Two key pieces of Australia’s radio astronomy infrastructure will receive new technology with CSIRO managed facilities in Parkes and Narrabri to receive a funding increase.
The grants are made available through the Linkage Infrastructure, Equipment and Facilities (LIEF) program, managed by the Australian Research Council.
“This boost for CSIRO space science in Parkes and Narrabri is very welcome, especially given the pressure over years of funding and job cuts,” Staff Association Secretary Sam Popovski said.
“However, it’s important that funding to improve infrastructure is backed up by investment in CSIRO people. Unfortunately, the continued imposition of the Federal Government’s staffing cap is making that much more difficult,” Mr Popovski said.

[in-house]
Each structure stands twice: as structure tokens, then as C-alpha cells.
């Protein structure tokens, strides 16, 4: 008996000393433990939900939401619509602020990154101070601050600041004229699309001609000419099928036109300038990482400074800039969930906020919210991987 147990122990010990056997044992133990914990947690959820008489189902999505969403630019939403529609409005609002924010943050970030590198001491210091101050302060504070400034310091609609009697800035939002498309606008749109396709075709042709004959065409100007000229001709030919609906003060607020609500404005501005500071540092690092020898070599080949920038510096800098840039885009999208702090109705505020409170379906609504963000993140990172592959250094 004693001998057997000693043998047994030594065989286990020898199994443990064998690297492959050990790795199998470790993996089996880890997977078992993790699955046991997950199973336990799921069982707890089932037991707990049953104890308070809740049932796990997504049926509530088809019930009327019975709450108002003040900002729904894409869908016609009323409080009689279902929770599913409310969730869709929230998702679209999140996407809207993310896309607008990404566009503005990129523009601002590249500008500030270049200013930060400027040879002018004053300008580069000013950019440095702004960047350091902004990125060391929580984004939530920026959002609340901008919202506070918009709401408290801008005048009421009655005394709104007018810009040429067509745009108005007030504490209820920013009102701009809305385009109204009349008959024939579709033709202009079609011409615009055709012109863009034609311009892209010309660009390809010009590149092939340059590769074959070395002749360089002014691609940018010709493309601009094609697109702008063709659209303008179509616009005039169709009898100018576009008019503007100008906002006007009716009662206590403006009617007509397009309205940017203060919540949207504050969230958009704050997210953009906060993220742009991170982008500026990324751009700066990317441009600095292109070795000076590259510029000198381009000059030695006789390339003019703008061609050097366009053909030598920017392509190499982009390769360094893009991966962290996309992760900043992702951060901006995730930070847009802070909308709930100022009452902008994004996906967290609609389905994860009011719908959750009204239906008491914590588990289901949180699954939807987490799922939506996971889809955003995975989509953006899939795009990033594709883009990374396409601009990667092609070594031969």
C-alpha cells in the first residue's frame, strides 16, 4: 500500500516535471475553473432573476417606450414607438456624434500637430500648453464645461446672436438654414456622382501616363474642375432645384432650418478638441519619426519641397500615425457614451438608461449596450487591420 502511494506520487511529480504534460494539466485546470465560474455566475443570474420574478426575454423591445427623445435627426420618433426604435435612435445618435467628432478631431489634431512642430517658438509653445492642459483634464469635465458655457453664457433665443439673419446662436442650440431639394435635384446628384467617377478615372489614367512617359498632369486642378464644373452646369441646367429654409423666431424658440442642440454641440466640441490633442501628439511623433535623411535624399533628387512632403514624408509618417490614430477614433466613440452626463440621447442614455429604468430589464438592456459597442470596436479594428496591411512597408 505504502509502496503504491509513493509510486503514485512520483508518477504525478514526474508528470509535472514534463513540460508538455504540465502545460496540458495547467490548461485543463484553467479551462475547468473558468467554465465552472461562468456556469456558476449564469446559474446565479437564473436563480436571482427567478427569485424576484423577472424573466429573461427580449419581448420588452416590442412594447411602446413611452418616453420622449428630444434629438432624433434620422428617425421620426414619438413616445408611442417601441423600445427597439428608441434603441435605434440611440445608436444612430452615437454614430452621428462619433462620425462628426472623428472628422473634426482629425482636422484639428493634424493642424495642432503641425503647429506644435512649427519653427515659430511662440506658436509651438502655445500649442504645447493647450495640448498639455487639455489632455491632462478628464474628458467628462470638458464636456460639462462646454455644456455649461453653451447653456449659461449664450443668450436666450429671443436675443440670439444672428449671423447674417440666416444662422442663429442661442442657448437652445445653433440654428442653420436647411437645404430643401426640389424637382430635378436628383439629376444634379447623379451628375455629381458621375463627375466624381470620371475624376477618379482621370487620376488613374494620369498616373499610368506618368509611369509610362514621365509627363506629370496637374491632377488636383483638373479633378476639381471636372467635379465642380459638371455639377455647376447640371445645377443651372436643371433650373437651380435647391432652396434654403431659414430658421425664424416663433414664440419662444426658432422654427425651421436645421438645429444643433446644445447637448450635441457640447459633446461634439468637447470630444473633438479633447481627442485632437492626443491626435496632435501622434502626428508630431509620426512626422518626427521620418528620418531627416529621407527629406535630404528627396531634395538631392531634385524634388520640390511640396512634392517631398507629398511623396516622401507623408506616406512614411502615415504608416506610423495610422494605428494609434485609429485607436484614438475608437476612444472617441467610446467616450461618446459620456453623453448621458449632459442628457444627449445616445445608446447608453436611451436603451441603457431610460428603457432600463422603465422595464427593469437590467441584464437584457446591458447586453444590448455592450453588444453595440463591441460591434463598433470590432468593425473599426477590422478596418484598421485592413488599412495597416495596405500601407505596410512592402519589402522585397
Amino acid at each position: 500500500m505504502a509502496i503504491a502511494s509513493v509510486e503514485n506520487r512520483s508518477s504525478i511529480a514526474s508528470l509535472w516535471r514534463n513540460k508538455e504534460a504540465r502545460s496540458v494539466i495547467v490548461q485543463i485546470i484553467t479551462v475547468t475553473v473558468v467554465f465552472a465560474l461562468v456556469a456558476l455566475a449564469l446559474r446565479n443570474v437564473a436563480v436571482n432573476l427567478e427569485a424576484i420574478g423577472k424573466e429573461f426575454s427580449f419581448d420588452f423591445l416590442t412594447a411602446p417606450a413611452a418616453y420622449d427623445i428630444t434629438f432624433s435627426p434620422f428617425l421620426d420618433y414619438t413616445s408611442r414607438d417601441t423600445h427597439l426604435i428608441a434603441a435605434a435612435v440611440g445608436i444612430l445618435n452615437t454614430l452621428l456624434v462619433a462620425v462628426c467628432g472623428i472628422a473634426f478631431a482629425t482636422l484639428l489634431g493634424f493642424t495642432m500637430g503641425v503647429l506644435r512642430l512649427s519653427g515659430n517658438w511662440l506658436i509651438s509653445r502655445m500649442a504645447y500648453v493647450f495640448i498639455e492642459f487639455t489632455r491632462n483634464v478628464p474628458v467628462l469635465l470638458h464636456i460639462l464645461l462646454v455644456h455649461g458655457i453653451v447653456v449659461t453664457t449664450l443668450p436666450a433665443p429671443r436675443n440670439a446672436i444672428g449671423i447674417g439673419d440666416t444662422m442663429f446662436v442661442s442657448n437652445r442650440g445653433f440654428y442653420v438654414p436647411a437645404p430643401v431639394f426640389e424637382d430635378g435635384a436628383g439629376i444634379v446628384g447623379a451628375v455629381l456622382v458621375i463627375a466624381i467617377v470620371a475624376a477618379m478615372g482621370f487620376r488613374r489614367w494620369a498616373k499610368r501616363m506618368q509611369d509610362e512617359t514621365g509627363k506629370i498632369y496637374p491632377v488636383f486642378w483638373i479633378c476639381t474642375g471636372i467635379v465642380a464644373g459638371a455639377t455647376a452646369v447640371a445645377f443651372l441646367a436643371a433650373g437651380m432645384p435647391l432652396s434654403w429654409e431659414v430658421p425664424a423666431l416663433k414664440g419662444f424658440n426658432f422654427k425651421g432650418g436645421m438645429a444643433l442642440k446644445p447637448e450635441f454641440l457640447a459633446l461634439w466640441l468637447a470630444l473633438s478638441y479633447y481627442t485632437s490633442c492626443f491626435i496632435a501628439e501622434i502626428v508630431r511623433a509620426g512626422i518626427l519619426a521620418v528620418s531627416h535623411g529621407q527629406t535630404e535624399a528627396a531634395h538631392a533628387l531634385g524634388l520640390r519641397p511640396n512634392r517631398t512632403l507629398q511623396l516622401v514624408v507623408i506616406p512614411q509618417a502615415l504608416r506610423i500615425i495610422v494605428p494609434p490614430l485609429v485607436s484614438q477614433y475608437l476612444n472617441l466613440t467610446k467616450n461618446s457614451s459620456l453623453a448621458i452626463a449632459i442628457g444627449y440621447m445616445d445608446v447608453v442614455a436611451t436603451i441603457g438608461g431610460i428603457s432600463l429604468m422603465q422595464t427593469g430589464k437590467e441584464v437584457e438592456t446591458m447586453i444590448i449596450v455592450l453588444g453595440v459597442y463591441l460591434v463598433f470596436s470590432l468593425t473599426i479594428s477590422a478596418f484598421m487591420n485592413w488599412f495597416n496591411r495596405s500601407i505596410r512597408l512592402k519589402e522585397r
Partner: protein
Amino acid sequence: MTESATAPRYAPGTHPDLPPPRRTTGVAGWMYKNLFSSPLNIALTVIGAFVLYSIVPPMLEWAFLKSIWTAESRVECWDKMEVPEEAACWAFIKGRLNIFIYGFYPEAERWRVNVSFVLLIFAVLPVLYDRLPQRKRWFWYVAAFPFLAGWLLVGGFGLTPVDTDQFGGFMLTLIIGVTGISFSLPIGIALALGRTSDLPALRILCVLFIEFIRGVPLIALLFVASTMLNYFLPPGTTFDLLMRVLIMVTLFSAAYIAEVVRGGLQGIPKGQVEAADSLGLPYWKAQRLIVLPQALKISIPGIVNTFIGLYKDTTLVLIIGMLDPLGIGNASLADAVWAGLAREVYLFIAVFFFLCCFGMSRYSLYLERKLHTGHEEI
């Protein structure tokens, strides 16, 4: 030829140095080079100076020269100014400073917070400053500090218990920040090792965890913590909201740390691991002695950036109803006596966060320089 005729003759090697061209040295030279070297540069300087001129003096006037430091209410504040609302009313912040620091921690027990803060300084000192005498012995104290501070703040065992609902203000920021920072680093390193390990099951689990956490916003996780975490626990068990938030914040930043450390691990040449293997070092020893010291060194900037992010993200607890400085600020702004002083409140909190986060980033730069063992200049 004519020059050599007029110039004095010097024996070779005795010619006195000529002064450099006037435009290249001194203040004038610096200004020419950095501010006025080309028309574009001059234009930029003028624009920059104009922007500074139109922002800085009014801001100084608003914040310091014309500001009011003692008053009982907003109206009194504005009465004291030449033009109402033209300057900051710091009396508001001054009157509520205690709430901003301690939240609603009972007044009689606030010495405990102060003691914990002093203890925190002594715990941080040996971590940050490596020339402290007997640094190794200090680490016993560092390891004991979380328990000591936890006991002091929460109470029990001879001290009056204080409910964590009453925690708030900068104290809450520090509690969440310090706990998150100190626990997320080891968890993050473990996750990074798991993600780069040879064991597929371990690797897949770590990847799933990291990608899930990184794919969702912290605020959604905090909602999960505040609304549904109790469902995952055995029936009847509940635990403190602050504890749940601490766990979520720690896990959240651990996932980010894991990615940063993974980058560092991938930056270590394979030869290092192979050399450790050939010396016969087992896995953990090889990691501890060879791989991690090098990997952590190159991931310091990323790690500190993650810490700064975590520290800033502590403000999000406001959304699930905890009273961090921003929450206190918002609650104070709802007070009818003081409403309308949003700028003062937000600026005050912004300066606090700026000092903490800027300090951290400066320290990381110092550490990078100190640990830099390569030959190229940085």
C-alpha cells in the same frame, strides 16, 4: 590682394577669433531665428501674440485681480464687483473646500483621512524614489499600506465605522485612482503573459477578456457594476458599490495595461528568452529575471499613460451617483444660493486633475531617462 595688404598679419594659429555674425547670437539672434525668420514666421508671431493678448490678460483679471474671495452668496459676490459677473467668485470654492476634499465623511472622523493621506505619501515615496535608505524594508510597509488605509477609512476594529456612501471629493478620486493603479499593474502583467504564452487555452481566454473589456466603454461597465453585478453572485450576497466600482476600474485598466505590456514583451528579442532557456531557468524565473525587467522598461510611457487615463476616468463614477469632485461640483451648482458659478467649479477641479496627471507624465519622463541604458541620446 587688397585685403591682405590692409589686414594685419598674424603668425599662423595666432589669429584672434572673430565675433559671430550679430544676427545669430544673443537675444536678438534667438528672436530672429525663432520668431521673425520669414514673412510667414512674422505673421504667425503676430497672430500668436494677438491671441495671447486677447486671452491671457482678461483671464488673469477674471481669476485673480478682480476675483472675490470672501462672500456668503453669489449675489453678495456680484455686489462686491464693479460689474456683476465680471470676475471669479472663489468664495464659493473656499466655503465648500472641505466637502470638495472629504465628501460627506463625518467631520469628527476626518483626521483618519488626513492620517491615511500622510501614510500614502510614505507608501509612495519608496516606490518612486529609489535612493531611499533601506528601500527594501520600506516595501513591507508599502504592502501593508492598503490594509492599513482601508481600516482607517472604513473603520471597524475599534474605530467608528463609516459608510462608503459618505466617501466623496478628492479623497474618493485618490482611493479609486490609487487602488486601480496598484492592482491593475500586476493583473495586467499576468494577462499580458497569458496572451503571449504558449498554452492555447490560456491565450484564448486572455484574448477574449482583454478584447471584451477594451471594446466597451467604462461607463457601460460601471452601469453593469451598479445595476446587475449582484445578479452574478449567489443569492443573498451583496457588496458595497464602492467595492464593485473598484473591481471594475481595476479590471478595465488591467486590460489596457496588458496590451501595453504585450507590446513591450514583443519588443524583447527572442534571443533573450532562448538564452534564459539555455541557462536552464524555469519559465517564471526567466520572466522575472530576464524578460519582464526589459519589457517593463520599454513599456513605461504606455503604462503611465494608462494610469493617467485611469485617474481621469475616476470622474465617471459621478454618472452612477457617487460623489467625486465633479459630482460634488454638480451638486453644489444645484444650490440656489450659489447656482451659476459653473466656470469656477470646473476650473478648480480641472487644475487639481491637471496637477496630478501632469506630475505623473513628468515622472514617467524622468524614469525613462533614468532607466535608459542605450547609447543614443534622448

A $1.15 million LIEF grant will help fund a joint project with the University of Western Australia (UWA) to construct a new sensitive receiver for the Parkes telescope called a ‘cryoPAF’.
The cryoPAF will sit above the radio telescope once completed and convert radio signals reflected up from the dish surface into electrical signals; which can be combined to increase the field of view three times more than the current instrument.
UWA researchers will commission and coordinate construction of the cryoPAF and CSIRO will design, build and install the new instrument.
The Australia Telescope Compact Array in Narrabri will receive a $530,000 LIEF grant to support a larger $2.6 million upgrade project.
Eight universities – headed by Western Sydney University – will partner with CSIRO to carry out the project. The installation of a new digital signal processer is predicted to double the bandwidth of the telescope’s signal electronics.
“The upgrade will enable the telescope to study radio counterparts to gravitational wave sources, and it will enable it to make detailed observations of initial discoveries made with the Australian Square Kilometre Array Pathfinder and other Australian telescopes,” WSU Professor Ray Norris said.